Adaptations in Biology Examples

Saturday, February 6, 2021

Adaptation Biology Examples

Did you know that dogs are actually descendants of wolves? Long ago, people began domesticating wolves, gradually transforming them from wild animals into hunting partners and companions. Through the domestication process, wolves adapted to live with humans. Though a shaking chihuahua is a far cry from a fierce wolf, dogs still possess many of the adaptations that allow wolves to thrive in the wild.    

Adaptations are traits that increase or decrease the fitness of an organism. In other words, adaptations either help or hinder the ability of an organism to survive. Adaptations are genetically controlled and therefore can be passed on to successive generations.

Let’s take a look at some examples of adaptations from different types of organisms.

Adaptations Snake

Adaptations can be sorted into three types.


For example, turtles have a hard protective shell.


Many animals travel in packs which help individuals alert others of danger.


Female mammals produce milk for their young which increases the chance of their offspring surviving.

desert plants

Desert plants live in a harsh environment where water is scarce. As a result, desert plants have many adaptations that enable them to collect or retain water efficiently. For example, some desert plants have short root systems that spread out over wide areas to collect as much water as possible during rain showers. Other desert plants have developed long tap roots that dive deep into the ground in search of water far beneath the surface. Most desert plants have waxy leaves that retain water inside the plant and prevent water from evaporating in the hot sun.

human body

The human body also presents many adaptations. For example, humans have a large number of sweat glands that allow us to cool off and survive in hot environments. In high altitude locations where oxygen levels are low, it appears that human bodies can evolve over time to use oxygen more efficiently. While most people would feel sick in the Tibetan mountains due to lack of oxygen, the bodies of the Tibetan people are oxygen-converting machines. 


A euglena is a single-celled protist. These little protists adapted to become mixotrophs, meaning they can act as an autotroph and a heterotroph. Autotrophs are capable of producing their own food from inorganic substances. Euglenas are photoautotrophs, which means they have chloroplasts that allow them to carry out photosynthesis and make food from sunlight. Heterotrophs, on the other hand, must eat other organisms for food. Euglenas are also classified as heterotrophs because they feed on living organisms, such as bacteria and algae. 


Sloths are famous for moving slow and hanging out in trees. They also have many adaptations that increase their fitness. For example, they have an extremely slow metabolism. Sloths' diet primarily consists of leaves. Leaves do not contain much energy, but a sloth’s slow metabolism enables the sloth to store energy from its food for long periods of time. In addition, leaves are hard to digest, but sloths have a complex stomach that breaks down and ferments leaves efficiently.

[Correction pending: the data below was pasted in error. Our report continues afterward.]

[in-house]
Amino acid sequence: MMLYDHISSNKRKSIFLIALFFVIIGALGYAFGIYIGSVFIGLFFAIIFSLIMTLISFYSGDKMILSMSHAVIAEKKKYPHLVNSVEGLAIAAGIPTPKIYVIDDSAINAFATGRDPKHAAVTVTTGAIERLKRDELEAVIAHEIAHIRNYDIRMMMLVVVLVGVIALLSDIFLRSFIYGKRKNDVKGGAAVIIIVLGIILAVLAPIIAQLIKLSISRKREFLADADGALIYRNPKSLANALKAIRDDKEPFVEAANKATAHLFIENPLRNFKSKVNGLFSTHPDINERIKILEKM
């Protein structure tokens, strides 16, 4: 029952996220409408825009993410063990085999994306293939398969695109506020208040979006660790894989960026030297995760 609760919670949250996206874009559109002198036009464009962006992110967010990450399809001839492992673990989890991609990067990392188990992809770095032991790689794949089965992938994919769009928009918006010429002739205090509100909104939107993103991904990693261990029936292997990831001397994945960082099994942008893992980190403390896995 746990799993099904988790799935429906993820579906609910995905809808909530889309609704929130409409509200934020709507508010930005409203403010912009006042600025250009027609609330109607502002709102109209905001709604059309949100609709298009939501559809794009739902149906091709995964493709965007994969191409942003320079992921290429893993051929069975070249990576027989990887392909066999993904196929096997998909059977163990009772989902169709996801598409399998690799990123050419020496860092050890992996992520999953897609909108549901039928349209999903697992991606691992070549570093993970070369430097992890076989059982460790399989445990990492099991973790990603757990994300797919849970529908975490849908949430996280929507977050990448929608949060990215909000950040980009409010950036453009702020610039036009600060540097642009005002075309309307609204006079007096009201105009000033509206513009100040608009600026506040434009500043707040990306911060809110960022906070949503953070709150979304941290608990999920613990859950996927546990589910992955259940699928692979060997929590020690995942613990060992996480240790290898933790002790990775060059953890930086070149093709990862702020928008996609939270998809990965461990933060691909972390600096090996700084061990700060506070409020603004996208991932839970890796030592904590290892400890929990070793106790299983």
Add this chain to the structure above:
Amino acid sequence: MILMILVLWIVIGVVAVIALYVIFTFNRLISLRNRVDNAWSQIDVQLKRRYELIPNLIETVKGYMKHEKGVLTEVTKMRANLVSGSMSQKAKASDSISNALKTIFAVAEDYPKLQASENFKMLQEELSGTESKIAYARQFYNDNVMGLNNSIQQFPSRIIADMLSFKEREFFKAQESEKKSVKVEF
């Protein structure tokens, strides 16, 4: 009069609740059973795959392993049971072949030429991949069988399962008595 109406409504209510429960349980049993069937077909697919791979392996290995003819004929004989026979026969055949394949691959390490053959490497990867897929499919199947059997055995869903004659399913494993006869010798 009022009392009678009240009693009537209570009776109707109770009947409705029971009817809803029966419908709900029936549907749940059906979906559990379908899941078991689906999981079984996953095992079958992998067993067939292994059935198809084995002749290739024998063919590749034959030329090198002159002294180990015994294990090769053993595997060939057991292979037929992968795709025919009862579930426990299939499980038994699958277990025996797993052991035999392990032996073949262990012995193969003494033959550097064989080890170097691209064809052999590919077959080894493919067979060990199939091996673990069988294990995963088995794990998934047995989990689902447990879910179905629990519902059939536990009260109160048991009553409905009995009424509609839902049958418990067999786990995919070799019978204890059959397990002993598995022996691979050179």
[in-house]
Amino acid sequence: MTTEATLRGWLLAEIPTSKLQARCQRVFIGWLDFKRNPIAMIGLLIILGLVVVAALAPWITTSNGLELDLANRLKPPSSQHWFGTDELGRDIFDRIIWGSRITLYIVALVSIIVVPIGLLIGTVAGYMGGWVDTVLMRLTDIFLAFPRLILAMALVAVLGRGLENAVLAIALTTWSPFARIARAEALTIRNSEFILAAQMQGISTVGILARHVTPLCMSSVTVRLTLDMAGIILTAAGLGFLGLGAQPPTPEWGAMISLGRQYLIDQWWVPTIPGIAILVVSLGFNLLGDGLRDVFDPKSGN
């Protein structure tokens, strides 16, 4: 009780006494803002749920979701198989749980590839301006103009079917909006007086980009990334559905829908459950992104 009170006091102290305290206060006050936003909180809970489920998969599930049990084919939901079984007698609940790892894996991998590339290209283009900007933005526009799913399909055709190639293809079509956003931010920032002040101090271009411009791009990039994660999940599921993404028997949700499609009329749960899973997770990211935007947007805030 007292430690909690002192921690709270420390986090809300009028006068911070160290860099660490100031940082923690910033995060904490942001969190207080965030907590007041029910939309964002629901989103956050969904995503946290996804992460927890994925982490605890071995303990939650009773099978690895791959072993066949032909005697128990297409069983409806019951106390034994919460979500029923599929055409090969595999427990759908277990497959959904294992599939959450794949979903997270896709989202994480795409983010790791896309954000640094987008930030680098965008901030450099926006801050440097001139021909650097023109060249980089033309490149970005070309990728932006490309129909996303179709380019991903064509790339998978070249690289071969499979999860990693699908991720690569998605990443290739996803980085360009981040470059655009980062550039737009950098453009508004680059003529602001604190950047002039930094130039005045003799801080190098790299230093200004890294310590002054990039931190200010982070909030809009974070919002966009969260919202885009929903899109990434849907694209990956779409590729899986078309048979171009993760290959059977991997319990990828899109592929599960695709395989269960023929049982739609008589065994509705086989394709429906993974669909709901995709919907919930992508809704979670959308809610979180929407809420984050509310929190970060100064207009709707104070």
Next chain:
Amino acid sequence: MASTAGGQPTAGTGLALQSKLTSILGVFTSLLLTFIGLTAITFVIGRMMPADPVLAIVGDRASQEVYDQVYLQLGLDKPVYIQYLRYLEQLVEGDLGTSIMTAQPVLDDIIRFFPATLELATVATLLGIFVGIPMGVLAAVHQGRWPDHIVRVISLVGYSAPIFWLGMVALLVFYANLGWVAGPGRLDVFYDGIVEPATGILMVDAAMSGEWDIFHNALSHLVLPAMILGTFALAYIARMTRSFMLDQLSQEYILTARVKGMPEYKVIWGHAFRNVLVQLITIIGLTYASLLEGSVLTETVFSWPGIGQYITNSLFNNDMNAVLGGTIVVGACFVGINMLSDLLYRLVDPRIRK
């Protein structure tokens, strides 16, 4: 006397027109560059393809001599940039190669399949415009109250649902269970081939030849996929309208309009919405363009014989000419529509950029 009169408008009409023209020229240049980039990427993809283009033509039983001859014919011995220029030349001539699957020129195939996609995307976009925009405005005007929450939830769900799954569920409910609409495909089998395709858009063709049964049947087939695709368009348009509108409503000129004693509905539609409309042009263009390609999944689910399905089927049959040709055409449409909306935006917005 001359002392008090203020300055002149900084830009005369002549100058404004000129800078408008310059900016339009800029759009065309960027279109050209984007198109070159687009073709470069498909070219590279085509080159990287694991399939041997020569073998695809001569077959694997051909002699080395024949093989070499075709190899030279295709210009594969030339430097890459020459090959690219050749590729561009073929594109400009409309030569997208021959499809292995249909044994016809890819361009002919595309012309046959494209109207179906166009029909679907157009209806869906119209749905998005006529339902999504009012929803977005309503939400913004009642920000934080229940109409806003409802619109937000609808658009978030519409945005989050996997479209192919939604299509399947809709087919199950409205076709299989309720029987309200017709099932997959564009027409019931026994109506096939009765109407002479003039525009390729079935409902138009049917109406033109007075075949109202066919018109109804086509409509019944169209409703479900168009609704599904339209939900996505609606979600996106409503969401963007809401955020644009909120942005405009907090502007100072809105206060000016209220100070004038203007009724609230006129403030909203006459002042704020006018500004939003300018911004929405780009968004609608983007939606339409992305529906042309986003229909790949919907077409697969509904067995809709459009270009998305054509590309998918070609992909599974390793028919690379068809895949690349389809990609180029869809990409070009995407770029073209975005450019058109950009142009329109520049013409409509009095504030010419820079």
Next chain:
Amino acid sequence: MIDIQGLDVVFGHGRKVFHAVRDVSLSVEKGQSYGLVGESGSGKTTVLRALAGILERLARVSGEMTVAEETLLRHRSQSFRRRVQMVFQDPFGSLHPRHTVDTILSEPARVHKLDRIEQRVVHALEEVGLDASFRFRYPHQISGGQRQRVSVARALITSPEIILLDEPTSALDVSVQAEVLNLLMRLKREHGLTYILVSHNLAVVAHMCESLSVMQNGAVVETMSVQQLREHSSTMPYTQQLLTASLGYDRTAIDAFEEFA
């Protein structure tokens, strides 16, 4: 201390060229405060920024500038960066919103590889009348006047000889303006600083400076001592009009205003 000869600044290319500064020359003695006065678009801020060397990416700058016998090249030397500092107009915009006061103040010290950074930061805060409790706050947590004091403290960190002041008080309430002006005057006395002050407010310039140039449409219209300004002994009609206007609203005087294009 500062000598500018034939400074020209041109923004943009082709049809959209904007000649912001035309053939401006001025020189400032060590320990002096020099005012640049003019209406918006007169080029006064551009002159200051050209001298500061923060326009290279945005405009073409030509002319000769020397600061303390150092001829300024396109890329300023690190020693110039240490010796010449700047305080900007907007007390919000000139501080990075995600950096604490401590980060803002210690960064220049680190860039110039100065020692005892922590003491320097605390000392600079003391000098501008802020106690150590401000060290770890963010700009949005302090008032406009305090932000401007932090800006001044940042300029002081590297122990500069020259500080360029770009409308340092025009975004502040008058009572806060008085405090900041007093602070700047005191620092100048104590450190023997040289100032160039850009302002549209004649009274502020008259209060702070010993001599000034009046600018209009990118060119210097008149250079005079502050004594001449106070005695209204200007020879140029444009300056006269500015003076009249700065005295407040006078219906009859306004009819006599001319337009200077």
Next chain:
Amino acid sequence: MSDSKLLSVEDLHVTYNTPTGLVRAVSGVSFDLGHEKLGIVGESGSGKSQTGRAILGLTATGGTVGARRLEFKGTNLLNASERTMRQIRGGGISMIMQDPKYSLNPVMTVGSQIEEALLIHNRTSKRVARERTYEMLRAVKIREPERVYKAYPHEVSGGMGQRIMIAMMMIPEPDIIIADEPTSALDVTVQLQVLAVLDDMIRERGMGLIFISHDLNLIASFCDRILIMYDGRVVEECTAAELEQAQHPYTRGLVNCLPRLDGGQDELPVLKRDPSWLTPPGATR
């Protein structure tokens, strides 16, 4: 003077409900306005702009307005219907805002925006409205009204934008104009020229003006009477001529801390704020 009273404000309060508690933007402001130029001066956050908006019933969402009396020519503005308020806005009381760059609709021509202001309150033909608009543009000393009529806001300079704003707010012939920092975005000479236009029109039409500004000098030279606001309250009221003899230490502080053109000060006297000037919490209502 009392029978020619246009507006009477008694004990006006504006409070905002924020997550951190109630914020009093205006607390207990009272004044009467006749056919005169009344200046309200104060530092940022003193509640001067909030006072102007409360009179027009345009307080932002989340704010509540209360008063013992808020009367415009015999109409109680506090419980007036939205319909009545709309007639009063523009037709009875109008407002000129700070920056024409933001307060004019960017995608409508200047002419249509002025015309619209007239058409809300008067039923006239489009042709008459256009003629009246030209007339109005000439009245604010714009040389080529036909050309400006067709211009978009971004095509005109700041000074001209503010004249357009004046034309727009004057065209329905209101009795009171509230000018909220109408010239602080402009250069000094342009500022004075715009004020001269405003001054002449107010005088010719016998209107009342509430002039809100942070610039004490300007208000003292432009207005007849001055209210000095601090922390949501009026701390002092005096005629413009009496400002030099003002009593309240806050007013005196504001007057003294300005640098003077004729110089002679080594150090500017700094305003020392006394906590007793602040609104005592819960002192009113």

Owls are very successful birds of prey with many helpful adaptations. Here is a brief list: their feathers are designed for silent flight. Their eyes are full of rods which gives them extraordinary night vision. They have tufts that resemble twigs and branches and allow them to blend into their surroundings. Finally, they have the ability to turn their heads 270 degrees in each direction. You can’t sneak up on an owl!

Quick reminder: an adaptation is an inheritable trait that increases an organism's ability to survive and reproduce in its given environment. 


Cuttlefish are masters of camouflage. They practice adaptive camouflage which means they can change their color and texture based on their surroundings. Cuttlefish use specialized skin cells, called chromatophores, that act as color “pixels” on their skin and change the color and design of their body.


Tarantulas have the ability to use hairs on their abdomen as a defense mechanism. When tarantulas are attacked or feel threatened, they kick their back legs, sending the hairs on their abdomen hurtling towards their attacker. If successful, these barbed hairs will hurt and irritate the predator’s eyes and nose. 


Opossums have the ability to play dead. When attacked, they will act and even smell like a dead animal by laying on the ground and releasing a smelly fluid from their backside. The opossum appears stiff and lifeless which hopefully discourages attackers.

So, as a recap: dogs, which descended from wolves, still possess many of the characteristics that help wolves survive and thrive in the wild, such as a keen sense of smell and good night vision. 

Desert plants have waxy leaves that keep water trapped inside the plant, enabling the plant to survive in extremely dry climates. 

A sloth’s slow metabolism enables it to conserve energy from its leaf diet. 

Cuttlefish use specialized skin cells, called chromatophores, to blend into their surroundings and hide from predators. 

The characteristics of these animals have something in common: they help the animal survive in its environment and give the animal a chance to live long enough to reproduce. These helpful characteristics are called adaptations.

Related Links

Biomes of the World

Longest living insect pet

Three Domains of Life


Life Science Review


Post a Comment

Powered by Blogger.
Back to Top